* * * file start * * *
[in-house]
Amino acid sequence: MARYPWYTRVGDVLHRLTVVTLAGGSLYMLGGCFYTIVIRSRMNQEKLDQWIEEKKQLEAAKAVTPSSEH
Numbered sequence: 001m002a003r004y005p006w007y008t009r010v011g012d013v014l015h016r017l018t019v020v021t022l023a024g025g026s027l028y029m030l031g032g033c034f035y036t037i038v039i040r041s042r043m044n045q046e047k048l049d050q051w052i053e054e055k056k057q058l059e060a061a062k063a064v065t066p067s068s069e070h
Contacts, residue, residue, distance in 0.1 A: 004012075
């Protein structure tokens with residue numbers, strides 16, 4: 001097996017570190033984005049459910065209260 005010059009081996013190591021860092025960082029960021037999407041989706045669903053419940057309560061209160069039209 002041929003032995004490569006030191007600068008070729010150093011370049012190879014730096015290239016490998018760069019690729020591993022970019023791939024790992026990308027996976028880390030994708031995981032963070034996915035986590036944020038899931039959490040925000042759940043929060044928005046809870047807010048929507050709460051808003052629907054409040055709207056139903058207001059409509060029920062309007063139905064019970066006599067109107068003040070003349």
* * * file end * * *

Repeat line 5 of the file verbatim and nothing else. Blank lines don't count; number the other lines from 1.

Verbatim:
């Protein structure tokens with residue numbers, strides 16, 4: 001097996017570190033984005049459910065209260 005010059009081996013190591021860092025960082029960021037999407041989706045669903053419940057309560061209160069039209 002041929003032995004490569006030191007600068008070729010150093011370049012190879014730096015290239016490998018760069019690729020591993022970019023791939024790992026990308027996976028880390030994708031995981032963070034996915035986590036944020038899931039959490040925000042759940043929060044928005046809870047807010048929507050709460051808003052629907054409040055709207056139903058207001059409509060029920062309007063139905064019970066006599067109107068003040070003349």